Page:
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Top aide in landmark DR Congo trial pleads innocence

Vital Kamerhe (L) is on trial for alleged corruption (AFP Photo/John WESSELS)

Kinshasa, DR Congo | AFP | Vital Kamerhe, a major ally to DR Congo President Felix Tshisekedi, proclaimed his innocence on Monday as a historic trial for alleged corruption resumed.

Kamerhe, 61, a veteran political figure who is also Tshisekedi’s chief of staff, is accused with others of having embezzled more than $50 million (46 million euros).

Detained on April 8, Kamerhe took the stand to request bail after the high-profile proceedings resumed following a two-week break.

“I want someone to help me understand why I am in Makala,” he said, referring to the main jail in the DR Congo capital Kinshasa.

Kamerhe said he was fighting to “cleanse” his tarnished honour and that of his children, and insisted he had not been in office when the contracts at the centre of the allegations had been signed in April 2018.

The trial, which is being broadcast live by the national TV channel RNTC, is taking place in Makala itself and Kamerhe and co-defendant Jammal Samih wore a yellow-and-blue prison shirt.

Kamerhe was once a pillar of the regime of former president Joseph Kabila, serving as parliament speaker from 2006 to 2009 before he moved to the opposition ranks in 2011, running in elections that year.

As head of the influential Union for the Congolese Nation (UNC) party, he initially stood in the 2018 presidential poll but bowed out to team up with Tshisekedi.

The UNC has 16 seats in parliament and several ministers in Tshisekedi’s huge coalition government.

The defendants are accused of embezzling almost $49 million from funds for building 4,500 pre-fabricated homes for poor people and of creaming off another $2 million from a programme to build housing for police and the military.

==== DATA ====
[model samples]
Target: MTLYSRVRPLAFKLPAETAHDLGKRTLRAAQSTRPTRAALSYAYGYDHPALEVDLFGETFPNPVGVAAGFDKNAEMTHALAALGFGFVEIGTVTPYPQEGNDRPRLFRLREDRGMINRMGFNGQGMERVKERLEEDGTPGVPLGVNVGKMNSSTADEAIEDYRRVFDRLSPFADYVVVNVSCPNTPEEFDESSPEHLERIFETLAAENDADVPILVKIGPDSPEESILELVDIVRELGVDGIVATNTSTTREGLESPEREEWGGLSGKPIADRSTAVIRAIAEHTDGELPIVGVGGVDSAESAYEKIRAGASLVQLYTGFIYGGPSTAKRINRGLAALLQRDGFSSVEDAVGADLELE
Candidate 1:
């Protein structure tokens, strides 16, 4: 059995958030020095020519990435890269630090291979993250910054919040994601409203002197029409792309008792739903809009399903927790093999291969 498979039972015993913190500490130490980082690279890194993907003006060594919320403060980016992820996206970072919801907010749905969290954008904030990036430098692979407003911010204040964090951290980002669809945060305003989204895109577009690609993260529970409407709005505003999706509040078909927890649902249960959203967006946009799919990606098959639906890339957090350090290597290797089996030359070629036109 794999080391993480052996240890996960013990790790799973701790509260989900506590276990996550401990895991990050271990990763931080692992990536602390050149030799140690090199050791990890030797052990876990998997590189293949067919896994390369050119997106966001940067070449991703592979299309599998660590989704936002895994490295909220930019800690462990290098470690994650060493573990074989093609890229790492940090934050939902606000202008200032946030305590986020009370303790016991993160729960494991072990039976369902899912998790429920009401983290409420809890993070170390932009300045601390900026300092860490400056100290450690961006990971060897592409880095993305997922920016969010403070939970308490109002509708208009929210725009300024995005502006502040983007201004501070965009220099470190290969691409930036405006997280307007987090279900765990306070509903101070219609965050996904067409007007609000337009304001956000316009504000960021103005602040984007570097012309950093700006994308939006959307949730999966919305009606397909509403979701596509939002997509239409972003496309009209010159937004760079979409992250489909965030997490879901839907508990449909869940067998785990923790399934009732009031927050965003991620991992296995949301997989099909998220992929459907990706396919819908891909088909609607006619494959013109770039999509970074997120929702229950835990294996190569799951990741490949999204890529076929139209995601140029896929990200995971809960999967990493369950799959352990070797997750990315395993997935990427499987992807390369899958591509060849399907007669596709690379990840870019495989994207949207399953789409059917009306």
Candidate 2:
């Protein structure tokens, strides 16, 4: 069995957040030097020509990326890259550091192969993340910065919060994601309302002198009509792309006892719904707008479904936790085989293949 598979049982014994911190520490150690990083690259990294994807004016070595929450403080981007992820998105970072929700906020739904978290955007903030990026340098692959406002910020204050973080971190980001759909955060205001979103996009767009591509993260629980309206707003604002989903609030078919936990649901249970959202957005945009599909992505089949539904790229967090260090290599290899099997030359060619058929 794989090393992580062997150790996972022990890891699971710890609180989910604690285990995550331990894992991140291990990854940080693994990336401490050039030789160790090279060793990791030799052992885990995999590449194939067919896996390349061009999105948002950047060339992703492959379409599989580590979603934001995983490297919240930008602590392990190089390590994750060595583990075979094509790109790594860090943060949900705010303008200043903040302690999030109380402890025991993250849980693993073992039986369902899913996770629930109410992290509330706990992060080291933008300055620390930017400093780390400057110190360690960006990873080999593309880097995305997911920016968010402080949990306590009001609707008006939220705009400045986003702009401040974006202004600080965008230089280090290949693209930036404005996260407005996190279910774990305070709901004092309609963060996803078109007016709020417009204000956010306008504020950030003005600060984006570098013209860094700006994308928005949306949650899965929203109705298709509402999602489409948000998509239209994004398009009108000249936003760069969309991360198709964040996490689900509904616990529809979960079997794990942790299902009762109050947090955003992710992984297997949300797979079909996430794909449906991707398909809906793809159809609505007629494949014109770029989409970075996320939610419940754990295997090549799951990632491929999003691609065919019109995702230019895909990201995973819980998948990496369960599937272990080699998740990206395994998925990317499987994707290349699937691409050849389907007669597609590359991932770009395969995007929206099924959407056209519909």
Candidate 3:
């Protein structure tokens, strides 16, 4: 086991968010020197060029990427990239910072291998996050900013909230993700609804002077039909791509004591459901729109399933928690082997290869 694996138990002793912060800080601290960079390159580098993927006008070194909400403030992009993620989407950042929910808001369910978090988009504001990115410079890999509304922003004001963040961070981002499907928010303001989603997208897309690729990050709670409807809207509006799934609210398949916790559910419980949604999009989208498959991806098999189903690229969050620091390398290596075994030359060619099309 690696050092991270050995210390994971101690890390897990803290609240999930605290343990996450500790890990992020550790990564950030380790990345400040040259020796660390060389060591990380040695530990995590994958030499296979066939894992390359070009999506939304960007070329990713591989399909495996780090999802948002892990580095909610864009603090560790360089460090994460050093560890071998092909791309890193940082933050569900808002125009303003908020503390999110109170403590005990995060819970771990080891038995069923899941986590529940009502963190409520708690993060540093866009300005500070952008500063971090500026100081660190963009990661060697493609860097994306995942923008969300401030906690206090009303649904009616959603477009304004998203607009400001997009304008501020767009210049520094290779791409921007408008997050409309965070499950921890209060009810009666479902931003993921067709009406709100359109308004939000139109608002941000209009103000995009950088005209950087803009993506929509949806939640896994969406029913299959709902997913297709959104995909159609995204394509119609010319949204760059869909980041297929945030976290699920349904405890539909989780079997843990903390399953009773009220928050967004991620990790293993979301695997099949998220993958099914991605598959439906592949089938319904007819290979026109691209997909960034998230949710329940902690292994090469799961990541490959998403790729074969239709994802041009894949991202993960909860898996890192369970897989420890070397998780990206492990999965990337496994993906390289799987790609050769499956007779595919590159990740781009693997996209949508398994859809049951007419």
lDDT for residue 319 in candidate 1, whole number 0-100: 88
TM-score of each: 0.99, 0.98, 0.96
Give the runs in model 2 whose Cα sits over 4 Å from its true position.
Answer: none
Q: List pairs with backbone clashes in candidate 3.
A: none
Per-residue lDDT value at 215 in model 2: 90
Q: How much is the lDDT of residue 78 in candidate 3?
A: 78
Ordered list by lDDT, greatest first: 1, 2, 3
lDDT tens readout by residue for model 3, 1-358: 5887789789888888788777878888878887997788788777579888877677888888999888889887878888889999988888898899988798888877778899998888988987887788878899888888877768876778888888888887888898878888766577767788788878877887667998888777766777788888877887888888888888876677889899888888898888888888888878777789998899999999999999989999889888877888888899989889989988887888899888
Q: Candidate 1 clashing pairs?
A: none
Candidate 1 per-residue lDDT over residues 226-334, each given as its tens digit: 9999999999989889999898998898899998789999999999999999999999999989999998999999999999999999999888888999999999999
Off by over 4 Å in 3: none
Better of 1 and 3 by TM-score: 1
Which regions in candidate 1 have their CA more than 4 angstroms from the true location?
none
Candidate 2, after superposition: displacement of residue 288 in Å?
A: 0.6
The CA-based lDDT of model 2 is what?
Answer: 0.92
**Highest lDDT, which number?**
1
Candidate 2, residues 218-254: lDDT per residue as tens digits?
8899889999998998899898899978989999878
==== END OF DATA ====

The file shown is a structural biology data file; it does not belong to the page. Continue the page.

Samih, a prominent 78-year-old Lebanese businessman who owns the construction company Samibo, also said he was innocent of any charges.

He noted that he had lived in the Democratic Republic of Congo for 52 years and been Lebanon’s “honorary consul” in the pre-1997 times when the DRC was known as Zaire.

Kamerhe, appointed as chief of staff in January 2019, has not quit or been fired since his arrest. An interim replacement has been appointed in the meantime.

His two previous requests for bail have been rejected.

The case coincides with a broader campaign for the “renewal” of the Congolese justice system in the fight against entrenched corruption among the elite.

“Never in Congo’s political history over the past two decades has such an important player on the political scene been put behind bars,” New York University’s Congo Study Group (CSG) said in an analysis.

Kamerhe’s supporters charge the case is politically motivated — they portray it as a likely attempt to prevent him from running in the next presidential election in three years’ time.

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